This Year’s Design in Whisky Packaging 01

Some years ago I wrote an article, titled “Shaping Glass for Vodka”. Since then it has been one of the most popular articles on my blog, attracting thousands of readers even today. That’s amazing, as personally, I find the glass bottles for whisky much more a challenge to design. (Read also my articles of last year “Extravagance in Glass – Limited Edition Whisky Bottles”, Part 01, and 02)
Maybe the reason for this is that whisky, in an exceptional packaging, is much more exclusive, and consequently more expensive, than glass bottles for vodka, which see exorbitant designs even for vodkas, affordable, price-wise, by the average consumer.

It is a fact that spirits companies introduce the most fantastic glass bottle designs to attract consumers. Designers for whisky, vodka and high-end mineral water bottles have all the freedom they wish to create some exceptional design. We are running towards the end-of-the-year, so, I decided to give a limited overview of glass bottles. In three article sections, whisky, vodka and water, I will show the recent designs for glass bottles and their relevant secondary packaging.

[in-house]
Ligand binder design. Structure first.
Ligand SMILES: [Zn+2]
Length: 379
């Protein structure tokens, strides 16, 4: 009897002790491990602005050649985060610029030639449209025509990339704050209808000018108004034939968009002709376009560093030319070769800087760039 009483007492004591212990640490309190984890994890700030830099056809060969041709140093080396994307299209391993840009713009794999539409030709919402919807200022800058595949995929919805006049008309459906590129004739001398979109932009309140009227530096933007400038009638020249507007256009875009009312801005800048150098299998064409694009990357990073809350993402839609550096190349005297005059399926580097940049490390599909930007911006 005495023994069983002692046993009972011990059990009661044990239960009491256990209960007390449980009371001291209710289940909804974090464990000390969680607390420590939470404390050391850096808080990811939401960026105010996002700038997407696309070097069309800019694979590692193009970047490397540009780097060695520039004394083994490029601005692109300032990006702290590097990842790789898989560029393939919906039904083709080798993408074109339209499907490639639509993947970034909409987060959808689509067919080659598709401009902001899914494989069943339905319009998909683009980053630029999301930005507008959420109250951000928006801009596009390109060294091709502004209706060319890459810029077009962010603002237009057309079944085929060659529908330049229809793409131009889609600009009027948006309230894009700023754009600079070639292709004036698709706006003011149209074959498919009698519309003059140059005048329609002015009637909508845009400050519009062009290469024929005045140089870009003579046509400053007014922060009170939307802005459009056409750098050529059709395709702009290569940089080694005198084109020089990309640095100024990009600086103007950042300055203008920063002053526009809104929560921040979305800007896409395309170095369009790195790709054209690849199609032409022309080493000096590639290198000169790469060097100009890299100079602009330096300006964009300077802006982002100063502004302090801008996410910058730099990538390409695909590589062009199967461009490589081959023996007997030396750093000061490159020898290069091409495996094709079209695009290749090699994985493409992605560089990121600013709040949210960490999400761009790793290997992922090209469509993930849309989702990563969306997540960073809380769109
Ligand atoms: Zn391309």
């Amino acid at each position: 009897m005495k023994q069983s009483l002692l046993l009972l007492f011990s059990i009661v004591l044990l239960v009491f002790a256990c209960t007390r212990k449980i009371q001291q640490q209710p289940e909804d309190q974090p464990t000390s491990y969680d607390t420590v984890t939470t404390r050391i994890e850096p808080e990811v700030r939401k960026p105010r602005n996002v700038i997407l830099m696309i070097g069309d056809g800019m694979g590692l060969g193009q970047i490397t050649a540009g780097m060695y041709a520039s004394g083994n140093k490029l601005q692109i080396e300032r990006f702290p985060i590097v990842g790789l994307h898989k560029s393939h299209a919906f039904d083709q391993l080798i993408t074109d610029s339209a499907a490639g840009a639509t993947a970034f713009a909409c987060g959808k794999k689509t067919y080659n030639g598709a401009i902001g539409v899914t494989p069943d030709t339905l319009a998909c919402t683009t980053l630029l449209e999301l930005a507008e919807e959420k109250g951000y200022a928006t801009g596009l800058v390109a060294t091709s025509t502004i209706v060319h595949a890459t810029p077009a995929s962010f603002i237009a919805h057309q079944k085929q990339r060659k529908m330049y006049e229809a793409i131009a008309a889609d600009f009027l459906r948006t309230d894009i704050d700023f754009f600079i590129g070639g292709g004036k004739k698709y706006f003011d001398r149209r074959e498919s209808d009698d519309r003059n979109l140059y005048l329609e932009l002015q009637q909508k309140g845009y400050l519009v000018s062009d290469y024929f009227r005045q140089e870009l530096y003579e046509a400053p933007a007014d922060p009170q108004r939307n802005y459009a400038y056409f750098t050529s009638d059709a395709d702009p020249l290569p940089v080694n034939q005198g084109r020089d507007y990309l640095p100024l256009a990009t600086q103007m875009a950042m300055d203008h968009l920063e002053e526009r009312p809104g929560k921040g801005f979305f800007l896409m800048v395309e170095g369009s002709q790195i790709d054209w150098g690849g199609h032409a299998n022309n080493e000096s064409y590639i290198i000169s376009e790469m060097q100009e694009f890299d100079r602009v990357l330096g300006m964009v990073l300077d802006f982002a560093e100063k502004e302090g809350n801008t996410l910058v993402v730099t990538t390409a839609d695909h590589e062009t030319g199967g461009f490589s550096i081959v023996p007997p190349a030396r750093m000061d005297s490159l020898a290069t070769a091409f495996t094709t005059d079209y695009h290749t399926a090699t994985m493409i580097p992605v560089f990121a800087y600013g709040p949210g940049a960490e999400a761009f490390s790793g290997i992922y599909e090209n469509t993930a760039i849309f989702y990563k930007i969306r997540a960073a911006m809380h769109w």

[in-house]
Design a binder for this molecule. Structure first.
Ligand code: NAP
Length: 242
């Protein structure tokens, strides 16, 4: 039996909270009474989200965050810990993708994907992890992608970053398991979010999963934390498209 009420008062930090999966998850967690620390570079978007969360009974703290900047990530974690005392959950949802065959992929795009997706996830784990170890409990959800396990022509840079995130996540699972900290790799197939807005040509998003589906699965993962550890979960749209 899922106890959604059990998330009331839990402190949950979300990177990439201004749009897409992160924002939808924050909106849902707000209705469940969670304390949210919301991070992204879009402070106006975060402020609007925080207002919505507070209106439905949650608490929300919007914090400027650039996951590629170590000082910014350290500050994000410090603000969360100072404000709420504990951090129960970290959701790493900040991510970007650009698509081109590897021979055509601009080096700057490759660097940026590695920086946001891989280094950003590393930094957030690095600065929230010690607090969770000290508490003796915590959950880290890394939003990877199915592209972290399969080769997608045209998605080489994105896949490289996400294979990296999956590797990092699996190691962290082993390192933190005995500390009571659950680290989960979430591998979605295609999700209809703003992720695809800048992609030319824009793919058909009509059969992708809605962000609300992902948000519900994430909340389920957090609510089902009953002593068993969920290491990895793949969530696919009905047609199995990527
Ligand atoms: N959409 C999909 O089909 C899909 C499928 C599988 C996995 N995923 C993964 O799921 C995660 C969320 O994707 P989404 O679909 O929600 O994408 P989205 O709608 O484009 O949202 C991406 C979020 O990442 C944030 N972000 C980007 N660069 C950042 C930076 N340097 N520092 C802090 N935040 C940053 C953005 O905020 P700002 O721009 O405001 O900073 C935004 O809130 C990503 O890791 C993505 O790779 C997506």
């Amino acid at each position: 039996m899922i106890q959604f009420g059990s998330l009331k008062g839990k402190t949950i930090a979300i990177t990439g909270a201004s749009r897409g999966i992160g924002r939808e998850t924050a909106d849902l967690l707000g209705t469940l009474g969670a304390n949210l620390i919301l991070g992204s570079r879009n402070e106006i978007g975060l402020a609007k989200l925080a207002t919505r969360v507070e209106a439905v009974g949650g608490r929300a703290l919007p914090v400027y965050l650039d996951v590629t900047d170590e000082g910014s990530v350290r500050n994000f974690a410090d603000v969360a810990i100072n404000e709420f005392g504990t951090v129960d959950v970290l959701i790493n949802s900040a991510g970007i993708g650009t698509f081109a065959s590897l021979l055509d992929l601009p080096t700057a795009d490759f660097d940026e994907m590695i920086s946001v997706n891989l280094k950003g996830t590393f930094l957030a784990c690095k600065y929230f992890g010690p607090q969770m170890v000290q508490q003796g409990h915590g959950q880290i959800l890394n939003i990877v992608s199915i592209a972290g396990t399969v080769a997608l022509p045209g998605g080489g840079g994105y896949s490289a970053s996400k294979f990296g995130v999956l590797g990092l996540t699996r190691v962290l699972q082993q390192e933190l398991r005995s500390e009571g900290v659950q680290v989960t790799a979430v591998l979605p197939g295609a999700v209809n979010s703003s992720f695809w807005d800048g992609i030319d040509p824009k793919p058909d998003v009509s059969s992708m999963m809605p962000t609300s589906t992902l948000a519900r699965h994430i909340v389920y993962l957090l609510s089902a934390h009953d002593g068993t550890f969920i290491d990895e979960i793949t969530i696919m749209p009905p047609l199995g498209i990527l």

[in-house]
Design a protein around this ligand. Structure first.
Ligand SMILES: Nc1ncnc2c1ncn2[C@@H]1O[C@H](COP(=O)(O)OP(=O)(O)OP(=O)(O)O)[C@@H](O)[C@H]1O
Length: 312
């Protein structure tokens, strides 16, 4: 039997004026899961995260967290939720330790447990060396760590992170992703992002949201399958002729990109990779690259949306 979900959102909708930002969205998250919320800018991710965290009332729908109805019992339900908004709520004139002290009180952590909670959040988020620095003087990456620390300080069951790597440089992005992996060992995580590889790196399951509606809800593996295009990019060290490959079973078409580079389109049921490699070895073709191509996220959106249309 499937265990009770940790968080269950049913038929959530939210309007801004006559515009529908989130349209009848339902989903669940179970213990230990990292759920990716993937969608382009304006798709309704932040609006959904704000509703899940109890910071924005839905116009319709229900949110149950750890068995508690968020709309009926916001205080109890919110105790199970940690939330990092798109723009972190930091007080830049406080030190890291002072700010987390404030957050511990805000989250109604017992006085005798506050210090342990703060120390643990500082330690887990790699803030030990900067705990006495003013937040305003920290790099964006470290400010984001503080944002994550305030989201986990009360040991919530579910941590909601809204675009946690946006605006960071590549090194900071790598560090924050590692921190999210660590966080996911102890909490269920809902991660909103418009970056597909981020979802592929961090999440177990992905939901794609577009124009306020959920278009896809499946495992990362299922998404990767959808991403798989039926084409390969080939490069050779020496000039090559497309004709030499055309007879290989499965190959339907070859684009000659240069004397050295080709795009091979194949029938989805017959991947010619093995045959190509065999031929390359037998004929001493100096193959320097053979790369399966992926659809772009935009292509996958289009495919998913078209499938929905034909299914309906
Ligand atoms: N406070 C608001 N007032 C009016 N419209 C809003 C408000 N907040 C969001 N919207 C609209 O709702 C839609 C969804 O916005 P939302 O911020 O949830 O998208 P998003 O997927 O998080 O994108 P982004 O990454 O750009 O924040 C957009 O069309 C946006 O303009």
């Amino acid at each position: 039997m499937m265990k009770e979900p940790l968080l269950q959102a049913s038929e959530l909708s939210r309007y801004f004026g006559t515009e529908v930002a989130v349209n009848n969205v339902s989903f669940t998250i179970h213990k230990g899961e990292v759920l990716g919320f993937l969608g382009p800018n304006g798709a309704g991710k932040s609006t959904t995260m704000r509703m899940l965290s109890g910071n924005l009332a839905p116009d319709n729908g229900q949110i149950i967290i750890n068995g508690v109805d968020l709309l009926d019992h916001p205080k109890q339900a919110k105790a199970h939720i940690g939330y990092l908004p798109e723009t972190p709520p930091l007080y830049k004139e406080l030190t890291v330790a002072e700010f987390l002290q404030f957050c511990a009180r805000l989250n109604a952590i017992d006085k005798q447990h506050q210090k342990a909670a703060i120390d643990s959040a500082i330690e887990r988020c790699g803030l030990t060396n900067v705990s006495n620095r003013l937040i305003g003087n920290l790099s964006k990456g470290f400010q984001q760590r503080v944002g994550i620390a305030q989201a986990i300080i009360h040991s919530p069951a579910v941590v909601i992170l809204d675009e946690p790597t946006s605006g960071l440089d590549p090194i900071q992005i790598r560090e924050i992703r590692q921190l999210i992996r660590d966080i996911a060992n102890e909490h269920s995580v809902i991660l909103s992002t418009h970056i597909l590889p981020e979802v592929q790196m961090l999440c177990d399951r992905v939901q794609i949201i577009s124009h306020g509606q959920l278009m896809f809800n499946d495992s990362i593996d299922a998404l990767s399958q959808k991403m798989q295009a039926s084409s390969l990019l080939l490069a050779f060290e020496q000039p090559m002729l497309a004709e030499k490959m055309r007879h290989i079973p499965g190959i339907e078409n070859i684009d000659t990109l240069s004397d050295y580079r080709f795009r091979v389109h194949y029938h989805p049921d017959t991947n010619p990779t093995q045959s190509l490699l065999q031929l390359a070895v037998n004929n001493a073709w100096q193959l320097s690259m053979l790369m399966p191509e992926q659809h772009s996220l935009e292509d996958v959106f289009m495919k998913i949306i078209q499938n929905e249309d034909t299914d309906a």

According to a Mintel report about Alcohol Consumption at Home (June 2010), over a third of people (35%) in the US look for “packaging that makes consumption convenient and easy” when considering which alcoholic beverage product to purchase for consumption at home, ahead of “the packaging/bottle appears prestigious or sophisticated” (cited by 20% of people) or “the packaging/bottle appears sexy or hip” (cited by 17% of people).
However, nearly one third of all spirit drinkers like to try a new spirit brand because of its attractive or special packaging. These survey results can clearly be seen in the designs of vodka bottles. Whisky, and particularly Scottish whisky, in exorbitant designs belong to the section of very exclusive. But there are exceptions. We start we them first.

The Snow, the Black and the Naked Grouse
Even in the affordable section of whiskies you can find some beautiful designed bottles. Scottish distillery The Famous Grouse shook the whisky category with a product that should be served chilled, in a highly traditional category, usually talking about richness and warmth.